September is Hunger Action Month -30 days dedicated to fighting against hunger in our communities. It is also the month of Rosh Hashanah and Yom Kippur, the two most sacred days on the Jewish calendar. Coincidence? Maybe. Opportunity? Definitely.

This year, in conjunction with Hunger Action Month, Repair the World’s Inspire Service campaign is focusing on food justice. Throughout the high holidays, September 13-23, we and our amazing team of movement leaders are cooking up all kinds of events and opportunities to help people make our food system healthier, more sustainable, and more just.

There are tons of events going on, from garden plantings at local schools, to delivering for Meals on Wheels, to volunteering on an urban farm. To get you psyched, here’s a snapshot of four events working with food banks in Feeding America’s national network. Food banks play a huge role in closing the hunger gap. They provide people in need with nourishing food and support when they need it most. Here’s how you can help:

San Francisco: On Sept 16, volunteer at the San Francisco Food Bank warehouse, sorting and packaging food to be distributed to food pantries across the city.

Kansas City: On Sept 10, help food pantry clients shop for Rosh Hashanah in the Jewish Family Services food pantry.

Pennsylvania: On Sept 24, help stock the West Chester Food Cupboard, a food pantry based in West Chester, PA.

North Carolina: On Sept 17, volunteer to help sort, inspect, and pack food for distribution at the Food Bank of Metrolina in Charlotte, NC.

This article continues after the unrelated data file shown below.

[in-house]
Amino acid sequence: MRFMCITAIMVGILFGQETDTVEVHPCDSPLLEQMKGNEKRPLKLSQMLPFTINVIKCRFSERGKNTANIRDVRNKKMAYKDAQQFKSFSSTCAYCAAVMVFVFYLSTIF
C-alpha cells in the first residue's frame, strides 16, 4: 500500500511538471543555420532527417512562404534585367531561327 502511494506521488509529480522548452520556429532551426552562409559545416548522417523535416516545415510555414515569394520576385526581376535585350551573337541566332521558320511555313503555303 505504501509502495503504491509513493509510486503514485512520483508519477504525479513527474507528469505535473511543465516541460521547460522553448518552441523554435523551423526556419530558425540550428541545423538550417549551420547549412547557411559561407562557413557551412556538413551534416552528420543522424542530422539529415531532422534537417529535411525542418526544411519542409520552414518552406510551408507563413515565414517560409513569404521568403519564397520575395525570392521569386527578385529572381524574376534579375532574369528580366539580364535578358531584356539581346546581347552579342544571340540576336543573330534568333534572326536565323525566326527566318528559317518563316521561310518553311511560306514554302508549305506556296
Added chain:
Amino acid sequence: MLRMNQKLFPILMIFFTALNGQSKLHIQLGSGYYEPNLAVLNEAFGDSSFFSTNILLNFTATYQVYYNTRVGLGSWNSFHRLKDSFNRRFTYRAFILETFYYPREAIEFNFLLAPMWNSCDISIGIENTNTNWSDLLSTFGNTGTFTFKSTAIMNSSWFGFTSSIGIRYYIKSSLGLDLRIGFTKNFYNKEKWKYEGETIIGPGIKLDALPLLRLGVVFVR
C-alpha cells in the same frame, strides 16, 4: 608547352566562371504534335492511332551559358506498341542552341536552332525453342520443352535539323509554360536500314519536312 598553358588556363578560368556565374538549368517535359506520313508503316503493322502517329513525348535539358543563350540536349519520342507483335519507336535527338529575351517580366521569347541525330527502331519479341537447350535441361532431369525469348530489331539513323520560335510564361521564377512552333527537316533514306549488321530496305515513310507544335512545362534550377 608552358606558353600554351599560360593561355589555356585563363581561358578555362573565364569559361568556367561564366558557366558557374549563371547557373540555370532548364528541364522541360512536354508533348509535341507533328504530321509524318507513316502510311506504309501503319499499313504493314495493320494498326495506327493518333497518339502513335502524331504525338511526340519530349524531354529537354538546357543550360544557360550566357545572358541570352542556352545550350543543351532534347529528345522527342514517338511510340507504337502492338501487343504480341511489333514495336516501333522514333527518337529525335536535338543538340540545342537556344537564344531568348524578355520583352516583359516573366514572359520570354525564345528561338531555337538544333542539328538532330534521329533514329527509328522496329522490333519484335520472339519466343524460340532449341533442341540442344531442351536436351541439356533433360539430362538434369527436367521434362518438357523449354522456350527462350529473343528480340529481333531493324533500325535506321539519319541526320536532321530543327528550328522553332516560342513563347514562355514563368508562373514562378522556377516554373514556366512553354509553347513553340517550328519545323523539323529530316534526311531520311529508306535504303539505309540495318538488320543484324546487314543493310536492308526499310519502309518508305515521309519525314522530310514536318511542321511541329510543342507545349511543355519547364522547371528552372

Don’t live near one of the events listed above? Don’t fret. Check out this nifty map to find an event in your community, and help Repair the World Inspire Service this September and beyond!

Making Time for Service on Yom Kippur

Yom Kippur this year begins the evening of September 13. That means, the countdown to the annual synagogue marathon and 25 hours sans food or drink begins now. But in between the Rabbi’s sermon and rumbling stomachs, Yom Kippur can be a wonderful time to serve.

If you plan to be in services all day, much respect! But if you have an hour or more to spare, why not fill it in a meaningful way by making time for service and volunteering? Here are some great ways to serve this Yom Kippur:

Be on the lookout for literature. If you are heading to synagogue this Yom Kippur, take a few minutes to pass by the synagogue bulletin boards or information tables. Chances are, there are plenty of opportunities to plug in and volunteer, or brochures from world-changing organizations waiting there for you to pick them up.

Volunteer at a soup kitchen. For those who fast during Yom Kippur, it may seem a bit cruel and unusual to spend extra time around food. But serving others actually helps the time pass more quickly, and is a meaningful way to engage.

Commit to the Food Stamp Challenge. Raise awareness (yours and other people’s) about the injustices of food insecurity by committing to eat for a week at food stamp rates. If you feel compelled, make a donation to Mazon: A Jewish Response to Hunger as well.